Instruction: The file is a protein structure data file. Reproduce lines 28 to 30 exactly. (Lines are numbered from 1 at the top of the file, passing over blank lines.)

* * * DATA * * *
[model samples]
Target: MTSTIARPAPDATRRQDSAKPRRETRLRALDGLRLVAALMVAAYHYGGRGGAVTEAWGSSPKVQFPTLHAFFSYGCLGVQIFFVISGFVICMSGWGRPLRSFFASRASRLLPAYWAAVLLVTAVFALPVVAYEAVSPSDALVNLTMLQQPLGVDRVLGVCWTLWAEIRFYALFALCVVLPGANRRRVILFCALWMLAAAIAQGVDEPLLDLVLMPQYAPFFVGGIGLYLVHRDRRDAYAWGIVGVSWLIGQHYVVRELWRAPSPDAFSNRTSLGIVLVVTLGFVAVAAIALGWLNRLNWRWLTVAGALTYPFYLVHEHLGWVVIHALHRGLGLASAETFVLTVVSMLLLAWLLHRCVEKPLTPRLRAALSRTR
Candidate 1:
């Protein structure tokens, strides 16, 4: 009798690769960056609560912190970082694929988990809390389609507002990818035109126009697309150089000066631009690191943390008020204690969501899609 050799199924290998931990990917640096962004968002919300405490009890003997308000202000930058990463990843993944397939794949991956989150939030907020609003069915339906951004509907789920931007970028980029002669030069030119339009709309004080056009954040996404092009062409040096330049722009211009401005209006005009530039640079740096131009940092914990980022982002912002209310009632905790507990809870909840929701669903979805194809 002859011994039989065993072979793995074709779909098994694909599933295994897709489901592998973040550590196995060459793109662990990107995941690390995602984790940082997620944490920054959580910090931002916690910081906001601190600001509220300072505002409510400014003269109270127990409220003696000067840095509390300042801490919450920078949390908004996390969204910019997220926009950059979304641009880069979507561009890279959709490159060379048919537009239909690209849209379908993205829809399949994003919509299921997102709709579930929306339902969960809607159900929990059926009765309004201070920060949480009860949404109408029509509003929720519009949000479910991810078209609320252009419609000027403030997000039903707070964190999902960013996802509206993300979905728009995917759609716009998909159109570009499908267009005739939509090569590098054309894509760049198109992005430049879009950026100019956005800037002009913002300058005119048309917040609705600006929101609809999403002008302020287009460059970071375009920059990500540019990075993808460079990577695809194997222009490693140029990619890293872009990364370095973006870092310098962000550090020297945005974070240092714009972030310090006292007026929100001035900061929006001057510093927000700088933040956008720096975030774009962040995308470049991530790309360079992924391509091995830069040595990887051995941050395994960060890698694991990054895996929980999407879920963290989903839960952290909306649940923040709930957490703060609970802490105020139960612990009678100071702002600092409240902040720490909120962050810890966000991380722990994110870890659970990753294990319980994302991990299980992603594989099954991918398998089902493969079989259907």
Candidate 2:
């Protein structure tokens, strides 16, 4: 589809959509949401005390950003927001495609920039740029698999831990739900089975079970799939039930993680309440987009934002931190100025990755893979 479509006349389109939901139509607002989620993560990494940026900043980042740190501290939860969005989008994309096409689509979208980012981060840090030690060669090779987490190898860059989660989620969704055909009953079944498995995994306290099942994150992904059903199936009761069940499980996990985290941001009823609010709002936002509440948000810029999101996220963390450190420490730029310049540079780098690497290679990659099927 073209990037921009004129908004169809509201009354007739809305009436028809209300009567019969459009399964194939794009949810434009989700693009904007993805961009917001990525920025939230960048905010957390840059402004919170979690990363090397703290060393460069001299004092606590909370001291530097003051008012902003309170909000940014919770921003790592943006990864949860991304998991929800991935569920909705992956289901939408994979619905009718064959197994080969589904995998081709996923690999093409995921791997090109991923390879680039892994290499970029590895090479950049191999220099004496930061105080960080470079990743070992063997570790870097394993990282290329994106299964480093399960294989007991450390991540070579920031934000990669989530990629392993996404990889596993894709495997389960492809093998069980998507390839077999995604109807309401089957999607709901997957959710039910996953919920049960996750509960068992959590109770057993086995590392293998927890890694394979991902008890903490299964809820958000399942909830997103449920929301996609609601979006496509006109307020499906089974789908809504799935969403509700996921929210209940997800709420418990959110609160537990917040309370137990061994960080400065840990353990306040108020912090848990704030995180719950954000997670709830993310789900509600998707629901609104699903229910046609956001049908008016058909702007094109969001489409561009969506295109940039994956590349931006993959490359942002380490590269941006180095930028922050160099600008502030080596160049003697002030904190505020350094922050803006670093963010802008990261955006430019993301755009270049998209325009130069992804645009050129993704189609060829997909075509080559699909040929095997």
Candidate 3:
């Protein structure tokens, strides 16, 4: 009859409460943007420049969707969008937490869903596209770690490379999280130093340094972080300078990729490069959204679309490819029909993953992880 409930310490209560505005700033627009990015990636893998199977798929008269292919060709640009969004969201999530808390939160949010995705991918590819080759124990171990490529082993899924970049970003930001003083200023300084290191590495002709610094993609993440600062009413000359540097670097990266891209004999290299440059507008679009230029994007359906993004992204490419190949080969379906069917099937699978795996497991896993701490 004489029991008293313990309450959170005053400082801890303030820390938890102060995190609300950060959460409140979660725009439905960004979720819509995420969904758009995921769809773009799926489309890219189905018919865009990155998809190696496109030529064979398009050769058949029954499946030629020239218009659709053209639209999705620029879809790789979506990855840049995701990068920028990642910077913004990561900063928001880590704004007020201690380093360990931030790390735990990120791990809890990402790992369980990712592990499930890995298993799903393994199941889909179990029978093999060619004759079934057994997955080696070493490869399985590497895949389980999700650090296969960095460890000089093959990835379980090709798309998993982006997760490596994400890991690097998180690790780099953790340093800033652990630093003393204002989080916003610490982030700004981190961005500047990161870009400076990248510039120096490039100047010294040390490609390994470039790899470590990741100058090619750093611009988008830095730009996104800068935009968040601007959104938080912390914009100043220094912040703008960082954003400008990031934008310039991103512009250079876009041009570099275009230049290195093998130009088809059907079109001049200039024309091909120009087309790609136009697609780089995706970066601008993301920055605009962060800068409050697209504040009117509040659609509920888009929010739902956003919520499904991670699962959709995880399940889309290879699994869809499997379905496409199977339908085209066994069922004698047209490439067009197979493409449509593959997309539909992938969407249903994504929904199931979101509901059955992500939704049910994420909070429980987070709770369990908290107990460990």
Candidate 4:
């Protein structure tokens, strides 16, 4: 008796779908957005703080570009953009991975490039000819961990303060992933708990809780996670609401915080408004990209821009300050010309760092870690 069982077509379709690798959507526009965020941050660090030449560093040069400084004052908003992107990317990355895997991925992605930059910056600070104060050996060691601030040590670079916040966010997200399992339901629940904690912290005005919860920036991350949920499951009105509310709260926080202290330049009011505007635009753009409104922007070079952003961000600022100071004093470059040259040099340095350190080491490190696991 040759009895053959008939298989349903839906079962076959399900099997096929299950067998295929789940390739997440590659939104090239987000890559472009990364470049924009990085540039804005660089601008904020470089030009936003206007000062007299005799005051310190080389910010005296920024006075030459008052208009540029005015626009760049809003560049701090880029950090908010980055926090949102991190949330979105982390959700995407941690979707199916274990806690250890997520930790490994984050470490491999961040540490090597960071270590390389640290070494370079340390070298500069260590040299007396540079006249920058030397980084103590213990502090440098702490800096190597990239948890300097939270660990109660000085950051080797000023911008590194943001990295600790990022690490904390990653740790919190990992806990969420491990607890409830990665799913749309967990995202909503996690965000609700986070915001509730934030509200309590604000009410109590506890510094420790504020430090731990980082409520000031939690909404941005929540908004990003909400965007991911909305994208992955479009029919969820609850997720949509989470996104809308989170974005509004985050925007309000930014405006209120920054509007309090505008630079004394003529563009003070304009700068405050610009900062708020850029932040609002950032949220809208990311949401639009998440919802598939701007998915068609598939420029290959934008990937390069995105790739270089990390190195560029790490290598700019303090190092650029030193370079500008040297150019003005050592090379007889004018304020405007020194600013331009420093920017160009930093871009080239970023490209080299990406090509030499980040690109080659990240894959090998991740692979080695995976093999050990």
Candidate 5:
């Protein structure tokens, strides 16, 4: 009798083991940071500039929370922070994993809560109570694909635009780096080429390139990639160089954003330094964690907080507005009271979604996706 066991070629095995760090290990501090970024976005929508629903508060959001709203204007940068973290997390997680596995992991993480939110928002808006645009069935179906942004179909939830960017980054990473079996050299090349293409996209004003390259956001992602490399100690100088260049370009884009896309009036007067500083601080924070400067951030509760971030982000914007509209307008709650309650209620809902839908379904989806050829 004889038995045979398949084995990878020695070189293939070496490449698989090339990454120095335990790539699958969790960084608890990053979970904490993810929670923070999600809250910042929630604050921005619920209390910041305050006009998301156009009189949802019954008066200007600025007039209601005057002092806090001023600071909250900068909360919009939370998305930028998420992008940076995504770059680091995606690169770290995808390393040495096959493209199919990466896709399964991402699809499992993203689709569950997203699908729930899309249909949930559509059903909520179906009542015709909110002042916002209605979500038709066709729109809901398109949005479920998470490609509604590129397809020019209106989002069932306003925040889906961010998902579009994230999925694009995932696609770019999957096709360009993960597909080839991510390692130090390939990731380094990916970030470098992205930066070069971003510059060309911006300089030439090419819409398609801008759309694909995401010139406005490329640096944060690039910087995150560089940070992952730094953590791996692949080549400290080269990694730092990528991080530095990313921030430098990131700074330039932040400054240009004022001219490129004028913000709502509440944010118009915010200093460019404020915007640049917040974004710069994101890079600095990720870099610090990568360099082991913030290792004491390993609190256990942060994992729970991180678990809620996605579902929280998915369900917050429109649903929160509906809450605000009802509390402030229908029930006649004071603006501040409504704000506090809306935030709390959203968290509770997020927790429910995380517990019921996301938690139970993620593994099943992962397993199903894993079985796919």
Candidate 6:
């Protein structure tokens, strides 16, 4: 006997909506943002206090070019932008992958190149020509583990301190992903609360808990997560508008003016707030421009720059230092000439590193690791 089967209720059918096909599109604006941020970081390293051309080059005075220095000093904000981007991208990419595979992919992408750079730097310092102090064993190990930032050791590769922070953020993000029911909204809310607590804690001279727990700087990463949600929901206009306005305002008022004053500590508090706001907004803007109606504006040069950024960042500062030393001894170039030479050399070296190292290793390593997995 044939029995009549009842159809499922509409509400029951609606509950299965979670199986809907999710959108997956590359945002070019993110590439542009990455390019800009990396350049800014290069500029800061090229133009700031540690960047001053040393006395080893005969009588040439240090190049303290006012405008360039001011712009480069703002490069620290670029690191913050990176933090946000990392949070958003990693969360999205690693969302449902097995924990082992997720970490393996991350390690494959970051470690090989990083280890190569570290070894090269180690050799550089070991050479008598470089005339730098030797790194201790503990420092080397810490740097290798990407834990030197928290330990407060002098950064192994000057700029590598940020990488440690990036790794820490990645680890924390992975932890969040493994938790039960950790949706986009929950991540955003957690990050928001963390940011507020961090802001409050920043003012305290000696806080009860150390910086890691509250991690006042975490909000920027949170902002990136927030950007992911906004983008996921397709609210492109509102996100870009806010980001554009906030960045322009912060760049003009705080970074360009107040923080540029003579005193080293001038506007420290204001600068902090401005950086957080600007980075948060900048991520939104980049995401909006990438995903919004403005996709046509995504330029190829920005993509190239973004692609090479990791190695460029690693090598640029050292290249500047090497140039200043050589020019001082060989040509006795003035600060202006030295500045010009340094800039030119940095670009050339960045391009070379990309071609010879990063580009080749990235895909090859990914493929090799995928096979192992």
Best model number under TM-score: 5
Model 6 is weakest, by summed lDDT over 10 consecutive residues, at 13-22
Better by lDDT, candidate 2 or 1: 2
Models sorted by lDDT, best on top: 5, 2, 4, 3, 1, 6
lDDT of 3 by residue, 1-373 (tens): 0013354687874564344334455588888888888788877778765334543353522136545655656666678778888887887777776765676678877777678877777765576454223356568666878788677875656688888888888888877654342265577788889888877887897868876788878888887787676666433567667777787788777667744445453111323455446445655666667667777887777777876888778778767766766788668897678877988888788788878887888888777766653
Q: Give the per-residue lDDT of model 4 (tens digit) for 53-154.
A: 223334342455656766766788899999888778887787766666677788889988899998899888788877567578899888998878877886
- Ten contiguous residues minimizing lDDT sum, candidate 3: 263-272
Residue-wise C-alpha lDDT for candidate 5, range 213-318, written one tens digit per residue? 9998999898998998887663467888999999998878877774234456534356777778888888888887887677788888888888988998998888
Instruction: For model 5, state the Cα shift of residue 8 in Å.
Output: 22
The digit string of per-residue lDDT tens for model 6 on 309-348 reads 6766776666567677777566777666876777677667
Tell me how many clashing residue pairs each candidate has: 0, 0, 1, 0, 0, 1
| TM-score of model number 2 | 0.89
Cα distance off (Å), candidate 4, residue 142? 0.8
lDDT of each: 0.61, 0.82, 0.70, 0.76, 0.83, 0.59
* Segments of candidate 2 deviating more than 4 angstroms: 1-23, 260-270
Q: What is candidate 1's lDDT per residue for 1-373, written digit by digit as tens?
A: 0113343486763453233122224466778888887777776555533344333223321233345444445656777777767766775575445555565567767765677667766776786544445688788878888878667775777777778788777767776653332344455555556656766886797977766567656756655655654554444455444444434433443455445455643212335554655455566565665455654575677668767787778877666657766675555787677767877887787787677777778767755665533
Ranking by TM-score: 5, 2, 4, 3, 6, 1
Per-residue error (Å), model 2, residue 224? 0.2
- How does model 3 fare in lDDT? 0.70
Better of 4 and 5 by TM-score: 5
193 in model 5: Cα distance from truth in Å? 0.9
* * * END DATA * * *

| TM-score of model number 2 | 0.89
Cα distance off (Å), candidate 4, residue 142? 0.8
lDDT of each: 0.61, 0.82, 0.70, 0.76, 0.83, 0.59